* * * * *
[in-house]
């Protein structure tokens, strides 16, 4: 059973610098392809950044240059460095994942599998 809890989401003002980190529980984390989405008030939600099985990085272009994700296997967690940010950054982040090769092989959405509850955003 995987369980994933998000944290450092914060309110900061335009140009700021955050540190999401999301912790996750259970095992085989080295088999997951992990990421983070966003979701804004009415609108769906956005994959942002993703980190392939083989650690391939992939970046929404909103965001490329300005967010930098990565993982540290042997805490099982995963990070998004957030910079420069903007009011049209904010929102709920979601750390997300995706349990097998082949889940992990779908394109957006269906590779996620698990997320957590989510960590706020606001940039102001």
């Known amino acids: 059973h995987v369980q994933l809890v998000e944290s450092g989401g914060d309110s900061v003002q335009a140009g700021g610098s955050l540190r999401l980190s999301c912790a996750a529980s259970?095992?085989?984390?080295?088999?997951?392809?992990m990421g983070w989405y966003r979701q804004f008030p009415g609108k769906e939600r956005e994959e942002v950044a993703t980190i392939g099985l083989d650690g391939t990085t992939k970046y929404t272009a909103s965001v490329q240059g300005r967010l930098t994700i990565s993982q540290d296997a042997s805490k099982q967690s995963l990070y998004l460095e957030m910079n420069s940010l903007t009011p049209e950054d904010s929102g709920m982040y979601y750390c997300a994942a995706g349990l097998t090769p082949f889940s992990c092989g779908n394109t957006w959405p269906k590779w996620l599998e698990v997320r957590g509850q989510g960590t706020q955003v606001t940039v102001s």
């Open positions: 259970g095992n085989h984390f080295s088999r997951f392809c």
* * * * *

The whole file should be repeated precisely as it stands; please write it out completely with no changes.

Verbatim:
[in-house]
């Protein structure tokens, strides 16, 4: 059973610098392809950044240059460095994942599998 809890989401003002980190529980984390989405008030939600099985990085272009994700296997967690940010950054982040090769092989959405509850955003 995987369980994933998000944290450092914060309110900061335009140009700021955050540190999401999301912790996750259970095992085989080295088999997951992990990421983070966003979701804004009415609108769906956005994959942002993703980190392939083989650690391939992939970046929404909103965001490329300005967010930098990565993982540290042997805490099982995963990070998004957030910079420069903007009011049209904010929102709920979601750390997300995706349990097998082949889940992990779908394109957006269906590779996620698990997320957590989510960590706020606001940039102001």
């Known amino acids: 059973h995987v369980q994933l809890v998000e944290s450092g989401g914060d309110s900061v003002q335009a140009g700021g610098s955050l540190r999401l980190s999301c912790a996750a529980s259970?095992?085989?984390?080295?088999?997951?392809?992990m990421g983070w989405y966003r979701q804004f008030p009415g609108k769906e939600r956005e994959e942002v950044a993703t980190i392939g099985l083989d650690g391939t990085t992939k970046y929404t272009a909103s965001v490329q240059g300005r967010l930098t994700i990565s993982q540290d296997a042997s805490k099982q967690s995963l990070y998004l460095e957030m910079n420069s940010l903007t009011p049209e950054d904010s929102g709920m982040y979601y750390c997300a994942a995706g349990l097998t090769p082949f889940s992990c092989g779908n394109t957006w959405p269906k590779w996620l599998e698990v997320r957590g509850q989510g960590t706020q955003v606001t940039v102001s």
């Open positions: 259970g095992n085989h984390f080295s088999r997951f392809c």